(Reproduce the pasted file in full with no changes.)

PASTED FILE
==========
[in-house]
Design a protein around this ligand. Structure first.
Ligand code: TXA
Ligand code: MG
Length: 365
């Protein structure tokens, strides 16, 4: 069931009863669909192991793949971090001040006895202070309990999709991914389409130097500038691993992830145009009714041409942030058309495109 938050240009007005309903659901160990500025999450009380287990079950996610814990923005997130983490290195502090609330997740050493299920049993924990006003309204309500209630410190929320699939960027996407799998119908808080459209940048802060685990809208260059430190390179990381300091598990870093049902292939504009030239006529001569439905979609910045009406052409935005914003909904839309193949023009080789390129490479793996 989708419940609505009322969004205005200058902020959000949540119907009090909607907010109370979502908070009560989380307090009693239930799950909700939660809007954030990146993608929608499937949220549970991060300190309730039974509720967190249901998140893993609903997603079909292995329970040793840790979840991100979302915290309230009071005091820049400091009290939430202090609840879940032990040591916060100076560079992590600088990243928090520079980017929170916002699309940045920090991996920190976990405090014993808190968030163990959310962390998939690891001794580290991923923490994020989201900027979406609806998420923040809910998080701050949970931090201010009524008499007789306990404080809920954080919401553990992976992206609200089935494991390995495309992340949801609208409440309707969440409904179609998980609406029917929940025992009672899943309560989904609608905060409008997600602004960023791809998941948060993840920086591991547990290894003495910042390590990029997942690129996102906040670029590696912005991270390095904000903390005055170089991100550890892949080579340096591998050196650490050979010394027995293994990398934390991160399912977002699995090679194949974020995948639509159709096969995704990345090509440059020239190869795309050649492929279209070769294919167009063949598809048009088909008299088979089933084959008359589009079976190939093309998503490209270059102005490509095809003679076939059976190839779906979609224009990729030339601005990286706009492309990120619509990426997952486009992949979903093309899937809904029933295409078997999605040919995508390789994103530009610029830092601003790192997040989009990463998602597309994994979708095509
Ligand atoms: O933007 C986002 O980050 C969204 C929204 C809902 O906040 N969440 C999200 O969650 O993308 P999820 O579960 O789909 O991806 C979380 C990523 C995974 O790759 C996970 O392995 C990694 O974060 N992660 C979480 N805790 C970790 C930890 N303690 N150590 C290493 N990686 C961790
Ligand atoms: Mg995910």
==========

[in-house]
Design a protein around this ligand. Structure first.
Ligand code: TXA
Ligand code: MG
Length: 365
């Protein structure tokens, strides 16, 4: 069931009863669909192991793949971090001040006895202070309990999709991914389409130097500038691993992830145009009714041409942030058309495109 938050240009007005309903659901160990500025999450009380287990079950996610814990923005997130983490290195502090609330997740050493299920049993924990006003309204309500209630410190929320699939960027996407799998119908808080459209940048802060685990809208260059430190390179990381300091598990870093049902292939504009030239006529001569439905979609910045009406052409935005914003909904839309193949023009080789390129490479793996 989708419940609505009322969004205005200058902020959000949540119907009090909607907010109370979502908070009560989380307090009693239930799950909700939660809007954030990146993608929608499937949220549970991060300190309730039974509720967190249901998140893993609903997603079909292995329970040793840790979840991100979302915290309230009071005091820049400091009290939430202090609840879940032990040591916060100076560079992590600088990243928090520079980017929170916002699309940045920090991996920190976990405090014993808190968030163990959310962390998939690891001794580290991923923490994020989201900027979406609806998420923040809910998080701050949970931090201010009524008499007789306990404080809920954080919401553990992976992206609200089935494991390995495309992340949801609208409440309707969440409904179609998980609406029917929940025992009672899943309560989904609608905060409008997600602004960023791809998941948060993840920086591991547990290894003495910042390590990029997942690129996102906040670029590696912005991270390095904000903390005055170089991100550890892949080579340096591998050196650490050979010394027995293994990398934390991160399912977002699995090679194949974020995948639509159709096969995704990345090509440059020239190869795309050649492929279209070769294919167009063949598809048009088909008299088979089933084959008359589009079976190939093309998503490209270059102005490509095809003679076939059976190839779906979609224009990729030339601005990286706009492309990120619509990426997952486009992949979903093309899937809904029933295409078997999605040919995508390789994103530009610029830092601003790192997040989009990463998602597309994994979708095509
Ligand atoms: O933007 C986002 O980050 C969204 C929204 C809902 O906040 N969440 C999200 O969650 O993308 P999820 O579960 O789909 O991806 C979380 C990523 C995974 O790759 C996970 O392995 C990694 O974060 N992660 C979480 N805790 C970790 C930890 N303690 N150590 C290493 N990686 C961790
Ligand atoms: Mg995910």